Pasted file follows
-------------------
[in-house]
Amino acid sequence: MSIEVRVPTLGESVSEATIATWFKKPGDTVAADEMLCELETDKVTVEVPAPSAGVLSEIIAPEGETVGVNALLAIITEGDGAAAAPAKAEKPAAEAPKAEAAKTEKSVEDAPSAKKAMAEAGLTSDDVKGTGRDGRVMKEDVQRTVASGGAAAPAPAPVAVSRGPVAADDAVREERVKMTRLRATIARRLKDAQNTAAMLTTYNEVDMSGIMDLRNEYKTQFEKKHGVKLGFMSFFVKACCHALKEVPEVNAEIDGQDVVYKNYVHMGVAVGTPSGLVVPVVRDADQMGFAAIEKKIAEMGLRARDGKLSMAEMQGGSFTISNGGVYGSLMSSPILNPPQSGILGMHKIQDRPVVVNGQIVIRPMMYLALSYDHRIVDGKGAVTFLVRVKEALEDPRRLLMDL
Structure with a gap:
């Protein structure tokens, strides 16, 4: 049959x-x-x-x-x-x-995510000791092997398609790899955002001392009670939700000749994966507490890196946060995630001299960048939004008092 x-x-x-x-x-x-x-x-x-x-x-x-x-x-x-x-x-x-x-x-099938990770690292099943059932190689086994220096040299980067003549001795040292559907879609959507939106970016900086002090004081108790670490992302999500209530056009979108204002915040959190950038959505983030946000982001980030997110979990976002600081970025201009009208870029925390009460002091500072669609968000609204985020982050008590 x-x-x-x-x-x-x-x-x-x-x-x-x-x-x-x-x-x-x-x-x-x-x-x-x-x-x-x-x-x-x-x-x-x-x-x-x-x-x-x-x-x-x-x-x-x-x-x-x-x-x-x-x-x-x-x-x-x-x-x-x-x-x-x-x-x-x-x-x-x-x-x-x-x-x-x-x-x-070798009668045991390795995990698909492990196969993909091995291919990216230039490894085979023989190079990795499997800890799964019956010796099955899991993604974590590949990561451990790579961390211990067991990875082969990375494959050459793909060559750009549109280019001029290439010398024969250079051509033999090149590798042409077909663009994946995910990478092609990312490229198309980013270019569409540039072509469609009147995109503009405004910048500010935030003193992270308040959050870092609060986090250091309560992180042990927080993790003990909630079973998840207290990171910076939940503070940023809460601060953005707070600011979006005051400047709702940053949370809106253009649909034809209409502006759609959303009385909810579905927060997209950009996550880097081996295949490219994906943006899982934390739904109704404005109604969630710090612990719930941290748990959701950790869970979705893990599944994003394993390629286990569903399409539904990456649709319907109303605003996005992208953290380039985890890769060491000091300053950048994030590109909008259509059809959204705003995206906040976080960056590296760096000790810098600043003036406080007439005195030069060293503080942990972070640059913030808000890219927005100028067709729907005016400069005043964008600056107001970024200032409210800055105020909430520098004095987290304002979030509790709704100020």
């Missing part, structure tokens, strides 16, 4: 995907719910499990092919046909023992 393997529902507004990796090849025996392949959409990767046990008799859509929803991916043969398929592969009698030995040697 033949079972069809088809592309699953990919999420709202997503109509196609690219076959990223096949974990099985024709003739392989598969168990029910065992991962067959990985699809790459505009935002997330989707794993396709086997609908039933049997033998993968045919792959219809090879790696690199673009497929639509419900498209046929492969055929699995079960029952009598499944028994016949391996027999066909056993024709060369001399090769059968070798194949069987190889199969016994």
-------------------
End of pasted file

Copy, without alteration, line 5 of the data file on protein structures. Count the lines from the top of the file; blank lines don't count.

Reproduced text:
């Missing part, structure tokens, strides 16, 4: 995907719910499990092919046909023992 393997529902507004990796090849025996392949959409990767046990008799859509929803991916043969398929592969009698030995040697 033949079972069809088809592309699953990919999420709202997503109509196609690219076959990223096949974990099985024709003739392989598969168990029910065992991962067959990985699809790459505009935002997330989707794993396709086997609908039933049997033998993968045919792959219809090879790696690199673009497929639509419900498209046929492969055929699995079960029952009598499944028994016949391996027999066909056993024709060369001399090769059968070798194949069987190889199969016994």